Chanel L. Lattimer is Counsel of Intellectual Property for Major League Baseball. Chanel is an intellectual property attorney whose practice focuses on trademark and copyright prosecution, enforcement and litigation, internet domain and social media infringement and cybersquatting issues, and intellectual property transactional matters, including licensing agreements. Currently, Chanel is IP Counsel at Major League Baseball. Prior to that she was a Staff Attorney in the IP Group at Royer Cooper Cohen and Braunfeld and a freelance IP attorney. Chanel began her legal career at Cozen O’Connor, a top 100 law firm, where she also served as Co-Chair of the Associates’ Committee and a member of the Diversity Committee. Chanel earned her J.D. in 2013 from the University of Pennsylvania where, among other things, she served as President of the Black Law Student Association and Co-President of the Entertainment and Sport Law Society.
In addition to her J.D., Chanel obtained a M.S. in Sport Management from the University of Tennessee. Chanel gained valuable experience in the sport industry during her time at Tennessee including working at two Super Bowls (XLI-Miami and XLII-Arizona) and serving as General Manager for the University’s Gatorade Summer Sport Camps. Chanel received her B.A., cum laude, in Sociology and African-American Studies from Princeton University in 2005. At Princeton, she was a four-year varsity sprinter and captain of the track and field team, President of the Varsity Student Athlete Advisory Committee, and treasurer of Princeton’s Zeta Phi Beta Sorority chapter.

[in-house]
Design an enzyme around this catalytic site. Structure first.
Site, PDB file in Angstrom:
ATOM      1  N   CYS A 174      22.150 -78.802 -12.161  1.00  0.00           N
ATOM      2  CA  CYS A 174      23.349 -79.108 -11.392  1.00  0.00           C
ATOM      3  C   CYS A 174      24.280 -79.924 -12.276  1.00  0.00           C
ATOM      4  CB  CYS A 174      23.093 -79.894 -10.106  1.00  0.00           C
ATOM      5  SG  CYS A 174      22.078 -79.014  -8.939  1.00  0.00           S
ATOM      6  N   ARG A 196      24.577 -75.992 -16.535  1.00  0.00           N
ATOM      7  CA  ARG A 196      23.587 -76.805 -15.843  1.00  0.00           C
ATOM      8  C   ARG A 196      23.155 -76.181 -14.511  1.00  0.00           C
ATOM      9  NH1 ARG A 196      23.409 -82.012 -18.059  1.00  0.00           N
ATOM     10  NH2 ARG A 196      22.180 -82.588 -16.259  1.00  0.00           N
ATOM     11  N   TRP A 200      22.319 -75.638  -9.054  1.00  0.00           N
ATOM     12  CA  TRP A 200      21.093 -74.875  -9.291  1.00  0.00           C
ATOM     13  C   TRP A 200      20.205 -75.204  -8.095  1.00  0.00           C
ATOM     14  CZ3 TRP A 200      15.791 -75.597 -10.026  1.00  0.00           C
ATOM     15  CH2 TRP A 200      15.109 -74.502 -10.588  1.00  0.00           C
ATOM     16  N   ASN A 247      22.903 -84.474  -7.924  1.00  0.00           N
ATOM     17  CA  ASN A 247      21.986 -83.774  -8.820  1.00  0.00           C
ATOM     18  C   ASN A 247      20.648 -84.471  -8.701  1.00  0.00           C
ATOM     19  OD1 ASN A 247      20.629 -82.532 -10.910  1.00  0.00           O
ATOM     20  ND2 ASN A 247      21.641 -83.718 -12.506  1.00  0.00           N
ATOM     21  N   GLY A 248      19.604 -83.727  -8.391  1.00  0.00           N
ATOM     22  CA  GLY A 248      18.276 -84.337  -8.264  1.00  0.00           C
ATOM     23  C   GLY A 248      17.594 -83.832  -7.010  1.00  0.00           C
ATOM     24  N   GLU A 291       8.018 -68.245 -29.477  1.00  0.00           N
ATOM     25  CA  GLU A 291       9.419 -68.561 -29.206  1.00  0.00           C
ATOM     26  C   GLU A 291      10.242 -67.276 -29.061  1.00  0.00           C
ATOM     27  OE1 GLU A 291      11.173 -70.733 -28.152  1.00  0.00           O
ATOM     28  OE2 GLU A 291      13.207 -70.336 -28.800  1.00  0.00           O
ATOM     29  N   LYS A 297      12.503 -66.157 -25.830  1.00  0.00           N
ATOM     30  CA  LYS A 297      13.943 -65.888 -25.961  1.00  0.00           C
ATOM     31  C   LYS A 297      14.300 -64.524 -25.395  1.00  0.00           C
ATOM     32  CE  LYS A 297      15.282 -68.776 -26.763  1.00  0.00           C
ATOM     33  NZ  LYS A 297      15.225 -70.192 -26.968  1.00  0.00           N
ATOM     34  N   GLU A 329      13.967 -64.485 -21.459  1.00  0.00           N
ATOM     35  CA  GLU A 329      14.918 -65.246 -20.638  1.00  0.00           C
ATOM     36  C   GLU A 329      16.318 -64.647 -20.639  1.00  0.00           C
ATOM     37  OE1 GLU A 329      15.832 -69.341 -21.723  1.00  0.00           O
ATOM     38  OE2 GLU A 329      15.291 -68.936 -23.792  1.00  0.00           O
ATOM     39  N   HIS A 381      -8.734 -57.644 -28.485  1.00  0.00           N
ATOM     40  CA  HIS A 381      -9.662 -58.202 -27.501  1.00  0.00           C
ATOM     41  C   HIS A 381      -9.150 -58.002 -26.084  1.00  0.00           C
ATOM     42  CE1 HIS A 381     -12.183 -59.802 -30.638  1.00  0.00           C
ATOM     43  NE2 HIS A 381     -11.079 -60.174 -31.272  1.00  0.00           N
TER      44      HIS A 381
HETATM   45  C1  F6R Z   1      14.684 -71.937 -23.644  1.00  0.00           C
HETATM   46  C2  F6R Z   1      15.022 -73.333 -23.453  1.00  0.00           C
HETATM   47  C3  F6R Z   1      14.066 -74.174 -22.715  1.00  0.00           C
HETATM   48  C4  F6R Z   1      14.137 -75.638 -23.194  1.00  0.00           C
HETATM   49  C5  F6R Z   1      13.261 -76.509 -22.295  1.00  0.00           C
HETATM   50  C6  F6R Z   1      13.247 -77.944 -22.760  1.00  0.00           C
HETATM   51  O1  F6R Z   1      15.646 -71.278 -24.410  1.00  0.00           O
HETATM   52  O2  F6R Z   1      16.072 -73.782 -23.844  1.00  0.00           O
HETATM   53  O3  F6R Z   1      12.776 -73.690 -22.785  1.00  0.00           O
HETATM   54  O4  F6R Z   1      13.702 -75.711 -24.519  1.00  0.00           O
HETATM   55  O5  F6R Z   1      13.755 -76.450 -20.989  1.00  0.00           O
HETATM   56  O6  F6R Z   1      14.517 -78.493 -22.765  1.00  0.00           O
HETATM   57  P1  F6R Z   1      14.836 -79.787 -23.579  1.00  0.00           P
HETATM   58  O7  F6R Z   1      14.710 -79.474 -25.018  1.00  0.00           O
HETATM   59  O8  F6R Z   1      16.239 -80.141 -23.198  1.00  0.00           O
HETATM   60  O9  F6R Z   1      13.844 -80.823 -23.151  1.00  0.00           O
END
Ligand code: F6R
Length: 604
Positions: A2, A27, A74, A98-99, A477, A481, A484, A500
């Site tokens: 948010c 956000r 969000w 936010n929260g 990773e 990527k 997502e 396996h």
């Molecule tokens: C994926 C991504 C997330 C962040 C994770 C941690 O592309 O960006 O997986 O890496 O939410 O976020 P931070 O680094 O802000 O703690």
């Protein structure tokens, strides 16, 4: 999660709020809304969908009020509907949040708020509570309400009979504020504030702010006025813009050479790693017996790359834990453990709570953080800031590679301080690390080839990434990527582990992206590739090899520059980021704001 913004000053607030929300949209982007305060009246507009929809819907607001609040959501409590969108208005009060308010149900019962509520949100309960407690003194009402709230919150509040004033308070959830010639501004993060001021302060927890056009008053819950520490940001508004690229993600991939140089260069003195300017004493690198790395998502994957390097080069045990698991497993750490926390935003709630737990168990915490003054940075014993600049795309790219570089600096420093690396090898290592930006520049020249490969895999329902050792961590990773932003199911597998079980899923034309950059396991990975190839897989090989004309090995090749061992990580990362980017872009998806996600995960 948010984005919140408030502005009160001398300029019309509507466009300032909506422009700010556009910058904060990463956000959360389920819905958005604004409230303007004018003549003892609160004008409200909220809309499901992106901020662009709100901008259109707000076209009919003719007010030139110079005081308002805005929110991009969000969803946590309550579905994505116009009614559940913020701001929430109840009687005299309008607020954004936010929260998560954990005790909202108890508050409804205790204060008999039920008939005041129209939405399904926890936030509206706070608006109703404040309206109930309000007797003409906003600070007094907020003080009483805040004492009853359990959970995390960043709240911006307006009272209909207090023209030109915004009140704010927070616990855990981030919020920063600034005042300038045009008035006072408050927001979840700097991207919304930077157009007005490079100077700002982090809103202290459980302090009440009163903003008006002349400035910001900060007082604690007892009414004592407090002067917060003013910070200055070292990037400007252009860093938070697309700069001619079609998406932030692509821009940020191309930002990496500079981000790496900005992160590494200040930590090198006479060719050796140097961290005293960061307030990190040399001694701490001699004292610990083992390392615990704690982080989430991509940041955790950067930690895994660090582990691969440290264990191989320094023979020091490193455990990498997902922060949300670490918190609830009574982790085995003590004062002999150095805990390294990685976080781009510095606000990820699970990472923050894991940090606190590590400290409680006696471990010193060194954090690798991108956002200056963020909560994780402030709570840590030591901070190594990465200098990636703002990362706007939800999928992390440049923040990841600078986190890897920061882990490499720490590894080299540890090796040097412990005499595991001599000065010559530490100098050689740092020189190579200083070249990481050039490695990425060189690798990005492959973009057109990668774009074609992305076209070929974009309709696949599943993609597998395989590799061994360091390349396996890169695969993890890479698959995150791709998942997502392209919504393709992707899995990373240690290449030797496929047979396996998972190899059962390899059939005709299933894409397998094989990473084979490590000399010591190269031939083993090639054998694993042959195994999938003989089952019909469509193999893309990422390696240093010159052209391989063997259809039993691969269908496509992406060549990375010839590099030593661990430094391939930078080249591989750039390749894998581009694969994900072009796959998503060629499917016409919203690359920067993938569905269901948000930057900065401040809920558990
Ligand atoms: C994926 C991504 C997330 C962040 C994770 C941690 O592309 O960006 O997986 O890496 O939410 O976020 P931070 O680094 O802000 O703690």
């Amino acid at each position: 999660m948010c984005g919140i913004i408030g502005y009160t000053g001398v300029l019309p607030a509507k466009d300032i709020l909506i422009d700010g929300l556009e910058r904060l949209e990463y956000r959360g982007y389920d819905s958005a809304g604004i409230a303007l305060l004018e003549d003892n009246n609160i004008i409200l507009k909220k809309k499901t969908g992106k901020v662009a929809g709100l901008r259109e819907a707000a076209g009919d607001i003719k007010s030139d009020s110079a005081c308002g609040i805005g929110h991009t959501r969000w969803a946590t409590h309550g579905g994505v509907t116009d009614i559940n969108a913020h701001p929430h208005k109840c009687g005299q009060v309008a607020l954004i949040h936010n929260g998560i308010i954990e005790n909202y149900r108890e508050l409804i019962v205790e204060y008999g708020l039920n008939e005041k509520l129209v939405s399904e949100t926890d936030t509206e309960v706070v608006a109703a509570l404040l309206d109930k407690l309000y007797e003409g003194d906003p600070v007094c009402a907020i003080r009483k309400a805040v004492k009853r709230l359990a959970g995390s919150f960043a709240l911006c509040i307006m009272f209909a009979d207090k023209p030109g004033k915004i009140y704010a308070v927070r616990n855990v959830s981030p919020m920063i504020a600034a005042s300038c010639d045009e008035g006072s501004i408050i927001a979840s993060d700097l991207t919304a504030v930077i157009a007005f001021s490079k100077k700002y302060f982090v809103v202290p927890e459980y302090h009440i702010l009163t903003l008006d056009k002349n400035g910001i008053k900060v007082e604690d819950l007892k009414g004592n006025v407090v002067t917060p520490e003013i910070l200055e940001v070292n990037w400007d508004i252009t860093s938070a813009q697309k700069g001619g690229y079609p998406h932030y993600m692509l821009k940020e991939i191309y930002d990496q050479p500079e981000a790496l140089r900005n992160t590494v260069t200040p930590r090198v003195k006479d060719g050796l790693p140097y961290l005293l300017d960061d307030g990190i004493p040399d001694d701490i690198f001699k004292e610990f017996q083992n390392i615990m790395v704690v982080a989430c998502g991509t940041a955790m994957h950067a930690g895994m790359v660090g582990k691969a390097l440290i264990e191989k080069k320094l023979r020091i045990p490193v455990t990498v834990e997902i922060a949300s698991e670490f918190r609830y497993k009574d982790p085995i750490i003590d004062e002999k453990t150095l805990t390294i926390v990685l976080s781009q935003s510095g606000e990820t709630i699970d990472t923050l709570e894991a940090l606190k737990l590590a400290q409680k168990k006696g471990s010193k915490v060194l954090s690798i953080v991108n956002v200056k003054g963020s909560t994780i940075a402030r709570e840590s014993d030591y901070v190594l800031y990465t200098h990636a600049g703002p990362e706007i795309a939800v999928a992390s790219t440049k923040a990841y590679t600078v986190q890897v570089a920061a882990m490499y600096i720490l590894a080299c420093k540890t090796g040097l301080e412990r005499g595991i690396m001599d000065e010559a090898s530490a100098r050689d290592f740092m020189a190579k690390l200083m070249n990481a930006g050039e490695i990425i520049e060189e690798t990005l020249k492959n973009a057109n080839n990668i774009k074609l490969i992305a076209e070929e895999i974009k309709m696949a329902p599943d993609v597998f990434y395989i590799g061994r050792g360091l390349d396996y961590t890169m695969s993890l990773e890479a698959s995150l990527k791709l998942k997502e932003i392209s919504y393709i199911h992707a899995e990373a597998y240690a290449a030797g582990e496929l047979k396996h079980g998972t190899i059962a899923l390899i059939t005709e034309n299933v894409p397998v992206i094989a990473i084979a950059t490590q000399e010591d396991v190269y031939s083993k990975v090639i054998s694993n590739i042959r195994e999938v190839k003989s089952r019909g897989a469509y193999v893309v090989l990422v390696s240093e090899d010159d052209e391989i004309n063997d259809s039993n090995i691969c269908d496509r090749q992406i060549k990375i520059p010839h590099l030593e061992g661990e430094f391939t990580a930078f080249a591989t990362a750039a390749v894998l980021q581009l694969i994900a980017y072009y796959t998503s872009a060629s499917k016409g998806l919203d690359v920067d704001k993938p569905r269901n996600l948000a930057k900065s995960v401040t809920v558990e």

Chanel is passionate about increasing African-American women’s involvement in all aspects of sports, as well as combining her interests and experiences in law and sports. She serves on the Board of the Princeton Varsity Club and on the Advisory Board of the Black Women in Sports Foundation. She currently lives in Philadelphia with her husband, son, and 2 dogs.
Specialties: intellectual property issues, advising startups, client counseling, editing, quantitative and qualitative research, research on sport sociology and gender and race issues, sport management, project management, event-planning, administrative support, hiring, logistics, Microsoft office.
Every year countless stories arise of individuals, churches, and small businesses, receiving cease and desist letters from the NFL or NCAA for unauthorized use and reference to their respective SUPER BOWL, MARCH MADNESS, and other trademarks. The success of these enforcement letters comes from a mixture of the organizations’ trademark rights under the Lanham Act and the fear that these financially well-endowed organizations could sue. The International Olympic Committee (“IOC”), and its national governing bodies, like the USOC (collectively the “Olympic Committee”), also aggressively enforce their rights in their Olympic trademarks, slogans, and symbols (the “Olympic properties”). The Olympic Committee not only employs the traditional methods of other sport organizations, but has several additional weapons that provide a true monopoly on the Olympic properties; thus, significantly increase its success.